• The Improving Coverage for Addiction Recovery Expansion (Improving CARE) Act, as included in the final legislation, would lift the IMD bed cap and allow states to use Medicaid dollars to pay for coverage for substance use disorder treatment at accredited residential addiction treatment facilities for up to 30 consecutive days.  The current IMD policy, created in 1965, limits Medicaid funding for residential treatment to facilities with just 16 beds or less. The Improving CARE Act would lift this outdated and unnecessary barrier so more Americans can access services at these inpatient facilities.
  • The CRIB Act to help newborns suffering from addiction recover in the best care setting and provide support for their families. The bipartisan bill would recognize residential pediatric recovery facilities as providers under Medicaid, allowing Medicaid to cover services in these facilities in addition to hospitals. Portman recently visited CommQuest Recovery Services in Massillon, which is standing up a ‘Mom and Me’ program to help mothers struggling with addiction heal in a home-like setting with their children, as well as Brigid’s Path in Dayton, which provides short-term, inpatient care in a home-like setting for newborns suffering from prenatal drug exposure. Both would benefit from the CRIB Act.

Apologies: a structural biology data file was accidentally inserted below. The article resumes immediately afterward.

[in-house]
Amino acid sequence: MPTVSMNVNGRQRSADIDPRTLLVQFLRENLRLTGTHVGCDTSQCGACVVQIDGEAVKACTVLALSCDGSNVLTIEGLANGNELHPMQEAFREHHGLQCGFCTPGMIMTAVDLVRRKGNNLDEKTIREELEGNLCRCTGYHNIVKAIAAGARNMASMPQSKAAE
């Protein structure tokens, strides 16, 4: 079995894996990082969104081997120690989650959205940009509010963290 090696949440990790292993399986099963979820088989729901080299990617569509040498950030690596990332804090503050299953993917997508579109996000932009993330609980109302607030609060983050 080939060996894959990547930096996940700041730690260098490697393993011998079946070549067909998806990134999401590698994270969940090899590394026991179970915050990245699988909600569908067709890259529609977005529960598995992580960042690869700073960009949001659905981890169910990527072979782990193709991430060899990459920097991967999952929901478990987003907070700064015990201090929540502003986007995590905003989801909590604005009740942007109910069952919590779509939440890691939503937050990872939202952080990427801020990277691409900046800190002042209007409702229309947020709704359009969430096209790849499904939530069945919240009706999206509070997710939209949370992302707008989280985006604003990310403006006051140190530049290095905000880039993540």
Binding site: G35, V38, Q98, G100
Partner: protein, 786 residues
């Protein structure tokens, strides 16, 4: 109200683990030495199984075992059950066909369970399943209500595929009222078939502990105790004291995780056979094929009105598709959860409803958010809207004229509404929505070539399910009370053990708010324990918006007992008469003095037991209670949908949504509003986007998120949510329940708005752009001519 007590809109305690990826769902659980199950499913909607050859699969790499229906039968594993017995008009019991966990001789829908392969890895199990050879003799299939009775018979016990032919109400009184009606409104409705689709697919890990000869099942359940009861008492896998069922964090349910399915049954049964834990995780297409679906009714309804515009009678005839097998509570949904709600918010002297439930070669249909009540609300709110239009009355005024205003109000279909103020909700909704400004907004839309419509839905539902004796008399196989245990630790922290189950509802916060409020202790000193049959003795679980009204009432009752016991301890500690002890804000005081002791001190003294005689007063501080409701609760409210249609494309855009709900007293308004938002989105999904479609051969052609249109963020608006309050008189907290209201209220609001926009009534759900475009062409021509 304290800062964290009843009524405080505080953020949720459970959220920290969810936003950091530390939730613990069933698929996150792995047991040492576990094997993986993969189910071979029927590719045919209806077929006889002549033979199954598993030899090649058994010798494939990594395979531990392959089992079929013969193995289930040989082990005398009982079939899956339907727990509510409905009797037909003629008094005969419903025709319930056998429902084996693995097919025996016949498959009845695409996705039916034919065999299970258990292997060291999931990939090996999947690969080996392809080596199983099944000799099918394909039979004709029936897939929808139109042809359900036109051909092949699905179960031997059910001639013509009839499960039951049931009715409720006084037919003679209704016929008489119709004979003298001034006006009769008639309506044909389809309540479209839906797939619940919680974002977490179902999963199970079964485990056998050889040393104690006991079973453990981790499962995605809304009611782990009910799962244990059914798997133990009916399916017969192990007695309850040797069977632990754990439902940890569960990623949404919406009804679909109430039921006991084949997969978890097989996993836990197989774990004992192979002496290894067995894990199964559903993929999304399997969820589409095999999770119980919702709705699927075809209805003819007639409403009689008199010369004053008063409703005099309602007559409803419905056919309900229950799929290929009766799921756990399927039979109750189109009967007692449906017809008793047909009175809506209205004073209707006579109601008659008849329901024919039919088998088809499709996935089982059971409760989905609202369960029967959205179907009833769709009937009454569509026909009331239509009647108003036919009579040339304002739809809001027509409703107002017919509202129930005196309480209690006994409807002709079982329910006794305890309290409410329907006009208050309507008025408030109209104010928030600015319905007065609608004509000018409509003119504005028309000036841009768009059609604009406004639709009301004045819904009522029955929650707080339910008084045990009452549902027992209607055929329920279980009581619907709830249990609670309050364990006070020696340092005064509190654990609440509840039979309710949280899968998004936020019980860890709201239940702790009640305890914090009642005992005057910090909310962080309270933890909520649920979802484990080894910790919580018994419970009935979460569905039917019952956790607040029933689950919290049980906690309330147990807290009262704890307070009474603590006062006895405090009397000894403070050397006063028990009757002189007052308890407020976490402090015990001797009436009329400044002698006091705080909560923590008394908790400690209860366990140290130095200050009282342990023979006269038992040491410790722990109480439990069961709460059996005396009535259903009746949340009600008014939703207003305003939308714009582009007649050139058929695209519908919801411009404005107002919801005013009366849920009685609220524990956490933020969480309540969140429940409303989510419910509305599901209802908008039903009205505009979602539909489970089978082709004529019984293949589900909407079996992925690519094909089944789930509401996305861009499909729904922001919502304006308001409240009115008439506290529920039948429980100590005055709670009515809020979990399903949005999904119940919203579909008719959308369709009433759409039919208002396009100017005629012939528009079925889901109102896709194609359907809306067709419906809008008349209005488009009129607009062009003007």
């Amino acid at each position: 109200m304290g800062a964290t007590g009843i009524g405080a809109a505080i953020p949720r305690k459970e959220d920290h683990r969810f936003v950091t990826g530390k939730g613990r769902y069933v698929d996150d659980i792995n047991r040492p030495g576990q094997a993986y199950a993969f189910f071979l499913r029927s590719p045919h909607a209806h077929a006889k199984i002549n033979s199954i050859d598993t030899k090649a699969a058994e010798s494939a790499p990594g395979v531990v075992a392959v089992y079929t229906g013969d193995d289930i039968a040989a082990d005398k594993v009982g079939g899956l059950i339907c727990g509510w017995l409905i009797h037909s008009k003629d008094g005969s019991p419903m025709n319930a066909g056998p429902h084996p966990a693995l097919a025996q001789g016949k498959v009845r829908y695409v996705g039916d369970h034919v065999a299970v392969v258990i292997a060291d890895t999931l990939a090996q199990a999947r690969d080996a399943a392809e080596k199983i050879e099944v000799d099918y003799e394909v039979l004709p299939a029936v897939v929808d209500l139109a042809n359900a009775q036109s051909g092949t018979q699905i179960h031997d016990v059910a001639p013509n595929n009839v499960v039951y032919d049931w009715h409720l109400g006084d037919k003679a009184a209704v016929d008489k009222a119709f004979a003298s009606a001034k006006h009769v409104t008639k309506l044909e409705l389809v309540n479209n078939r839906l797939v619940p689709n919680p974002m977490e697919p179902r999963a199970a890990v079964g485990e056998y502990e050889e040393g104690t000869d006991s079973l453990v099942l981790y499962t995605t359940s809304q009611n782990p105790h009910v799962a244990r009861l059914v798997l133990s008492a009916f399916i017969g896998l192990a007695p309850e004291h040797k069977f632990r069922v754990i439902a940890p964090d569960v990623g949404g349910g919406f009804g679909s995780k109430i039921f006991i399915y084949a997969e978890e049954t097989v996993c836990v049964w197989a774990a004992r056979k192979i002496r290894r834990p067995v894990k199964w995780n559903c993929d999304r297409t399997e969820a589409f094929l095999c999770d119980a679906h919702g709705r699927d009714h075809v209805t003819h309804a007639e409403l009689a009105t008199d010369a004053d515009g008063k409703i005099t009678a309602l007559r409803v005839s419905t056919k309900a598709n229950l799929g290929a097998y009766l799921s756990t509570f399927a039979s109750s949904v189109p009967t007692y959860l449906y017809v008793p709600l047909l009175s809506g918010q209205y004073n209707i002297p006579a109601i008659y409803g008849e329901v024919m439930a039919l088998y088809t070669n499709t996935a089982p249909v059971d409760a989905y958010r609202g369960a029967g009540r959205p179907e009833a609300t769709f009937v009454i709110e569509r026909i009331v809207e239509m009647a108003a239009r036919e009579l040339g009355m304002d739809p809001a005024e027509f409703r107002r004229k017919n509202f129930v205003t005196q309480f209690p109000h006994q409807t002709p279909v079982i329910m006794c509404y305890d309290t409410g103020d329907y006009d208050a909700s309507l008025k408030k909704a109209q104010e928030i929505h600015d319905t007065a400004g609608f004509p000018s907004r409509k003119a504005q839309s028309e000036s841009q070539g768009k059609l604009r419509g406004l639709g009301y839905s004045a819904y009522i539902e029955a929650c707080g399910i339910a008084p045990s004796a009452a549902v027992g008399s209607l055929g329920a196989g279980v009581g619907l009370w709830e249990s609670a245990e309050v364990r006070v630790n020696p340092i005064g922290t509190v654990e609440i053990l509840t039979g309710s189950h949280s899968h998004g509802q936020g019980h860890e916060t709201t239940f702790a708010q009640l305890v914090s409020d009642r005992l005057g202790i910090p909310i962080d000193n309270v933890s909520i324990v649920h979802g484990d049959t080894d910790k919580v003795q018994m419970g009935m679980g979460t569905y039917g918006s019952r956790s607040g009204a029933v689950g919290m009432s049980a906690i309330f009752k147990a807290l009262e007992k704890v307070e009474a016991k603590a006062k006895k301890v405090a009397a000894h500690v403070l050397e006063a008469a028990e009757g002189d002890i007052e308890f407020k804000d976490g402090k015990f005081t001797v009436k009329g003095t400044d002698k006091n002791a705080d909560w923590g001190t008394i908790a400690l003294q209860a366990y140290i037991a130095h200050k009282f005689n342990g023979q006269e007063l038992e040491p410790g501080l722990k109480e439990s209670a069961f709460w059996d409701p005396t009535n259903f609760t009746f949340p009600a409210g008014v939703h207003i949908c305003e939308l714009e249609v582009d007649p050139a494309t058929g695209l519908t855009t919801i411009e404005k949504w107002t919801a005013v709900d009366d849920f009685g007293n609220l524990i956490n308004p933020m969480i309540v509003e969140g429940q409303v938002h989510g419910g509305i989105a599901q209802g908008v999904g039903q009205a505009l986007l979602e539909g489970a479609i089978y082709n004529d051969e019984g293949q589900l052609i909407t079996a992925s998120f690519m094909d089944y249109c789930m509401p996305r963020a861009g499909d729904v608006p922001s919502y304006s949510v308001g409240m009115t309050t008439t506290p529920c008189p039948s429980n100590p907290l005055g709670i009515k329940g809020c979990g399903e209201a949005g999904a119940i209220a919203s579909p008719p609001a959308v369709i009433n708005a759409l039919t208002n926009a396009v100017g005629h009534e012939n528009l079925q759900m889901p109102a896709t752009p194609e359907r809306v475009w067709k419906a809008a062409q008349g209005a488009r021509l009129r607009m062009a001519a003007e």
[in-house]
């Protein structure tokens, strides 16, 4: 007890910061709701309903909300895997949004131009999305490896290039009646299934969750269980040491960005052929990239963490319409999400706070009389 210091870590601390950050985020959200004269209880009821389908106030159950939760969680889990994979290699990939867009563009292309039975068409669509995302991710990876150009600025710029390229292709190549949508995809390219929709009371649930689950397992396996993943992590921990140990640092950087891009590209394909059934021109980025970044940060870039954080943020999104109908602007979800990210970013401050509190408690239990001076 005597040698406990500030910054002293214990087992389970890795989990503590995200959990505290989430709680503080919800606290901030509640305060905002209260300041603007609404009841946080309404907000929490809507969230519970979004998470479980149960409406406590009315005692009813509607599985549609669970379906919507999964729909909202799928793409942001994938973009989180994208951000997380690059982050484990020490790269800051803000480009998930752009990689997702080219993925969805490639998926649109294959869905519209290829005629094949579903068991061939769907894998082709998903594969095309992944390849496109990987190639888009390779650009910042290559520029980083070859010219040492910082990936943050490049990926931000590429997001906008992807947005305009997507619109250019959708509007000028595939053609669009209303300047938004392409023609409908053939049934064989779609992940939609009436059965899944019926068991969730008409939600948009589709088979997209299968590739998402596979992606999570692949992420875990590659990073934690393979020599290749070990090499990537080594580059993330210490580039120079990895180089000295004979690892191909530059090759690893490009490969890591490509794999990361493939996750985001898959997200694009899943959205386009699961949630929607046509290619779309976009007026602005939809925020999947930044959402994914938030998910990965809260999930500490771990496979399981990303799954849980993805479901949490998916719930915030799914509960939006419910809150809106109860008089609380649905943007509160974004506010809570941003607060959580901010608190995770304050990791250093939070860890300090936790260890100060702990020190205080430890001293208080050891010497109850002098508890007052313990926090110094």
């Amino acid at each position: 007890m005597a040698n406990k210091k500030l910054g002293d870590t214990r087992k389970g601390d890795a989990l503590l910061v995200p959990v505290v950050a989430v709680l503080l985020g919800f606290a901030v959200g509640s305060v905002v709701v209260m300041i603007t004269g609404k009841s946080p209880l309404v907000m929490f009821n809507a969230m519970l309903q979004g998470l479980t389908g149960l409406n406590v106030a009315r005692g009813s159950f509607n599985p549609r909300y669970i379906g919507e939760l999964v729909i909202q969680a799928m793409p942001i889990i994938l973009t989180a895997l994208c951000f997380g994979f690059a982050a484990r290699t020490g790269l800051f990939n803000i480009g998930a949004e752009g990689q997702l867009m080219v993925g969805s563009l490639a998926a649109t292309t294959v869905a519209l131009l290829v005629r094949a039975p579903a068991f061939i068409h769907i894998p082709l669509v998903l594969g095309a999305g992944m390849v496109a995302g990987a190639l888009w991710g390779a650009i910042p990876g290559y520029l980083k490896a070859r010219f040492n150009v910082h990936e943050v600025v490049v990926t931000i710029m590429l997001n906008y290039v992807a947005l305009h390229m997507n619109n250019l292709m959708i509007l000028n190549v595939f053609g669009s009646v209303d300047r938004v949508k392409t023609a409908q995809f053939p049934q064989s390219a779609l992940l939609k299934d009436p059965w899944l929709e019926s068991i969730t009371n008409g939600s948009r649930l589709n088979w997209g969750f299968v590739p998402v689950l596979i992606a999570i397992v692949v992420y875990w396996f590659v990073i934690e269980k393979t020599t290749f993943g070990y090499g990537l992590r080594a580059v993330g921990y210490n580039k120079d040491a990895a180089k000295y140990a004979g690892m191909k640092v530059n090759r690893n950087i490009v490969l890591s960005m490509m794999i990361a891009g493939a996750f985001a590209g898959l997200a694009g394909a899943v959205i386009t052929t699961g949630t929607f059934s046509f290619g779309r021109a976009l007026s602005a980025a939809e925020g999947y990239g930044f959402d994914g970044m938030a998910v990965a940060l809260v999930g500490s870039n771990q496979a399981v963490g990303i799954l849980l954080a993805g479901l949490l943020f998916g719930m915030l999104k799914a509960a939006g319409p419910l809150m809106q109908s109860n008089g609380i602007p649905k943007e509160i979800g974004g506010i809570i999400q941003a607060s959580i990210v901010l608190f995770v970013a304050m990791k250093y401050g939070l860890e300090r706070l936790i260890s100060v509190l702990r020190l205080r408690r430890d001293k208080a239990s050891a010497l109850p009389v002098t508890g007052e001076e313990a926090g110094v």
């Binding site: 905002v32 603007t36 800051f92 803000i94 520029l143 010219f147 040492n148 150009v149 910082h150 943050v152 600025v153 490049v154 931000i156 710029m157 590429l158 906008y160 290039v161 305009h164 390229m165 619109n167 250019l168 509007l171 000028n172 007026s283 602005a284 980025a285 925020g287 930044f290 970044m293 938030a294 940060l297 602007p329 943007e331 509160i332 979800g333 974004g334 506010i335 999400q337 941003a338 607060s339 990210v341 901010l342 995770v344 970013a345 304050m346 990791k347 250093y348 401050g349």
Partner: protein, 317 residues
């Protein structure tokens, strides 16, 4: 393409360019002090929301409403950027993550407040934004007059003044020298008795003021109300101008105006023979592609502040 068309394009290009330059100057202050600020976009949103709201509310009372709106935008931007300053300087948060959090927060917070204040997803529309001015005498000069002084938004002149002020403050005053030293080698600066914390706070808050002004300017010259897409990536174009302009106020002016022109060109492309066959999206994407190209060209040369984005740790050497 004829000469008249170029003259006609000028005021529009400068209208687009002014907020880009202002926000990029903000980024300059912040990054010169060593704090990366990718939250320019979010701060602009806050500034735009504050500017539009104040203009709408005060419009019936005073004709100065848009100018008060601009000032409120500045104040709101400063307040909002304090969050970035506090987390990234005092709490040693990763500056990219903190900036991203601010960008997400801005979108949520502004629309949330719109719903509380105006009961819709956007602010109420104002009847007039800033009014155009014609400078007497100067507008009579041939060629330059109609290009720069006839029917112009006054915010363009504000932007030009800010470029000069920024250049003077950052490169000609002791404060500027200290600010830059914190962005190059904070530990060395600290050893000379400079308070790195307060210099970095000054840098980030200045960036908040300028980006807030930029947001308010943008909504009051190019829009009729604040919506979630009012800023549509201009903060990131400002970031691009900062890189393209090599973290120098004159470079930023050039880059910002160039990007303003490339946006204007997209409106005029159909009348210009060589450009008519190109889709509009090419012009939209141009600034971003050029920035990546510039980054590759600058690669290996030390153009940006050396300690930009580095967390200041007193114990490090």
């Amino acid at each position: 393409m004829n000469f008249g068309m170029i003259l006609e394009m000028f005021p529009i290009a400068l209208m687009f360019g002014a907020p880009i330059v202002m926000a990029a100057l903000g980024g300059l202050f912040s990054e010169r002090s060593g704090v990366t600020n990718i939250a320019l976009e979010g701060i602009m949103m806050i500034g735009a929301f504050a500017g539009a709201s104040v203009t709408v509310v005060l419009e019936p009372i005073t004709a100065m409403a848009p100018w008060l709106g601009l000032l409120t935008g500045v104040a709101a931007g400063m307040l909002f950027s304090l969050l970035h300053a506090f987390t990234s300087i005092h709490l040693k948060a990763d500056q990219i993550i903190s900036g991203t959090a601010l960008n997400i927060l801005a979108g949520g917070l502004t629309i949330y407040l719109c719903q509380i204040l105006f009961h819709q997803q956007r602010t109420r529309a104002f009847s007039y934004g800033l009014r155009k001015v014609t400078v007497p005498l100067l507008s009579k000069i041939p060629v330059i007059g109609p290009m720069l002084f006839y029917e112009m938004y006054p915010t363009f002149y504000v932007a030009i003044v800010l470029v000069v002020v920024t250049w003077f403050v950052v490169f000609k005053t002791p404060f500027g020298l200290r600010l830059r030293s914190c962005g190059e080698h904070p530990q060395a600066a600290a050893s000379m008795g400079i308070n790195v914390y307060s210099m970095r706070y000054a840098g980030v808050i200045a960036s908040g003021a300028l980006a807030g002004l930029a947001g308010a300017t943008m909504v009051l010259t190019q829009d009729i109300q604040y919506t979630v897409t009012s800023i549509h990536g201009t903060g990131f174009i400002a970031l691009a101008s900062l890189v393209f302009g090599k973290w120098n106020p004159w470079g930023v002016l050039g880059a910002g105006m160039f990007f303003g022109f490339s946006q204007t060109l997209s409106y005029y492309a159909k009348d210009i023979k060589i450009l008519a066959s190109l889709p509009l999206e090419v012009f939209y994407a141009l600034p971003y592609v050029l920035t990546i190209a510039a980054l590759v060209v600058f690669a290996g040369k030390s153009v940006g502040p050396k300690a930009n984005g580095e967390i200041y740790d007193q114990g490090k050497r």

• The legislation includes a number of provisions from Portman’s bipartisan CARA 2.0 legislation. One is a national quality standards and best practices for recovery housing to ensure that people who are transitioning out of treatment and into longer-term recovery have high-quality housing options that eliminate the gaps that so often occur in recovery. It also authorizes support programs for high school and college students to help children and young adults recover from substance abuse disorders. Finally, CARA 2.0’s contribution to the opioid legislation includes $60 million for a plan of safe care for babies born dependent on drugs with what is called neonatal assistance syndrome.